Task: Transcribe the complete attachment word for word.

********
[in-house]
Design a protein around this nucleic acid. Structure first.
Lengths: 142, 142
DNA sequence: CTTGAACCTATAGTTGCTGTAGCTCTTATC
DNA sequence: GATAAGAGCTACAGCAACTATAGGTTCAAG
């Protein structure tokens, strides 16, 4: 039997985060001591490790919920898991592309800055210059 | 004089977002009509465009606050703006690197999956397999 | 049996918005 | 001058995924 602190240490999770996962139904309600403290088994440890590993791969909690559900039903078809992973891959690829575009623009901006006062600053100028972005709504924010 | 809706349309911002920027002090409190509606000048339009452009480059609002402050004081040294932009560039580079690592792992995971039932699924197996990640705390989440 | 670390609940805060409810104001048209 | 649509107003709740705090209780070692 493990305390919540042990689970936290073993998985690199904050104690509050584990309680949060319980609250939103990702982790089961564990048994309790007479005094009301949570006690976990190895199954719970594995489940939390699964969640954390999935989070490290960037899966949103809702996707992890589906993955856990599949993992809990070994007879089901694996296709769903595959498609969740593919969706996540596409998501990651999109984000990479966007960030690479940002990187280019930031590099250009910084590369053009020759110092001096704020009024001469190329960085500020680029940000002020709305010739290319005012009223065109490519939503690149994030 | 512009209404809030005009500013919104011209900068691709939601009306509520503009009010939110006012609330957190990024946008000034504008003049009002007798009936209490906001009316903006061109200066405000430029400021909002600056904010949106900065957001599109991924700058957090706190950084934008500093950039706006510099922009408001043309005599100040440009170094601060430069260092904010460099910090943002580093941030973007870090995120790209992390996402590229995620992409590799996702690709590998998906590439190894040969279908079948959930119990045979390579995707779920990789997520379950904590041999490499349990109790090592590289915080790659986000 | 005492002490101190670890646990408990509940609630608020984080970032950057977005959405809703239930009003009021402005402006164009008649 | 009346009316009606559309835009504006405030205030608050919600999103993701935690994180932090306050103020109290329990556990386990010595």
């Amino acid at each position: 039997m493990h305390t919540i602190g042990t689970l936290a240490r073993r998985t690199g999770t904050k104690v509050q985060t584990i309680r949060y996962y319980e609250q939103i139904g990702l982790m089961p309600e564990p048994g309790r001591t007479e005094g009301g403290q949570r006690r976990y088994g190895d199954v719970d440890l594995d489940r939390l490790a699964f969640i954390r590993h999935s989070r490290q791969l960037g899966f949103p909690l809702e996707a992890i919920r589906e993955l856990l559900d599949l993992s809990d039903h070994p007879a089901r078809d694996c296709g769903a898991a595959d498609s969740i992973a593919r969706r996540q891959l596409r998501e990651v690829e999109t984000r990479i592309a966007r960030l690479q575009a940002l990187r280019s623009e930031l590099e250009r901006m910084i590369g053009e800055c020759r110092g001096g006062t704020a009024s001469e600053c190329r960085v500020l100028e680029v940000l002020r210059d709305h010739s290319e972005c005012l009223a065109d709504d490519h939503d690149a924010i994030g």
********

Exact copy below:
[in-house]
Design a protein around this nucleic acid. Structure first.
Lengths: 142, 142
DNA sequence: CTTGAACCTATAGTTGCTGTAGCTCTTATC
DNA sequence: GATAAGAGCTACAGCAACTATAGGTTCAAG
């Protein structure tokens, strides 16, 4: 039997985060001591490790919920898991592309800055210059 | 004089977002009509465009606050703006690197999956397999 | 049996918005 | 001058995924 602190240490999770996962139904309600403290088994440890590993791969909690559900039903078809992973891959690829575009623009901006006062600053100028972005709504924010 | 809706349309911002920027002090409190509606000048339009452009480059609002402050004081040294932009560039580079690592792992995971039932699924197996990640705390989440 | 670390609940805060409810104001048209 | 649509107003709740705090209780070692 493990305390919540042990689970936290073993998985690199904050104690509050584990309680949060319980609250939103990702982790089961564990048994309790007479005094009301949570006690976990190895199954719970594995489940939390699964969640954390999935989070490290960037899966949103809702996707992890589906993955856990599949993992809990070994007879089901694996296709769903595959498609969740593919969706996540596409998501990651999109984000990479966007960030690479940002990187280019930031590099250009910084590369053009020759110092001096704020009024001469190329960085500020680029940000002020709305010739290319005012009223065109490519939503690149994030 | 512009209404809030005009500013919104011209900068691709939601009306509520503009009010939110006012609330957190990024946008000034504008003049009002007798009936209490906001009316903006061109200066405000430029400021909002600056904010949106900065957001599109991924700058957090706190950084934008500093950039706006510099922009408001043309005599100040440009170094601060430069260092904010460099910090943002580093941030973007870090995120790209992390996402590229995620992409590799996702690709590998998906590439190894040969279908079948959930119990045979390579995707779920990789997520379950904590041999490499349990109790090592590289915080790659986000 | 005492002490101190670890646990408990509940609630608020984080970032950057977005959405809703239930009003009021402005402006164009008649 | 009346009316009606559309835009504006405030205030608050919600999103993701935690994180932090306050103020109290329990556990386990010595």
């Amino acid at each position: 039997m493990h305390t919540i602190g042990t689970l936290a240490r073993r998985t690199g999770t904050k104690v509050q985060t584990i309680r949060y996962y319980e609250q939103i139904g990702l982790m089961p309600e564990p048994g309790r001591t007479e005094g009301g403290q949570r006690r976990y088994g190895d199954v719970d440890l594995d489940r939390l490790a699964f969640i954390r590993h999935s989070r490290q791969l960037g899966f949103p909690l809702e996707a992890i919920r589906e993955l856990l559900d599949l993992s809990d039903h070994p007879a089901r078809d694996c296709g769903a898991a595959d498609s969740i992973a593919r969706r996540q891959l596409r998501e990651v690829e999109t984000r990479i592309a966007r960030l690479q575009a940002l990187r280019s623009e930031l590099e250009r901006m910084i590369g053009e800055c020759r110092g001096g006062t704020a009024s001469e600053c190329r960085v500020l100028e680029v940000l002020r210059d709305h010739s290319e972005c005012l009223a065109d709504d490519h939503d690149a924010i994030g």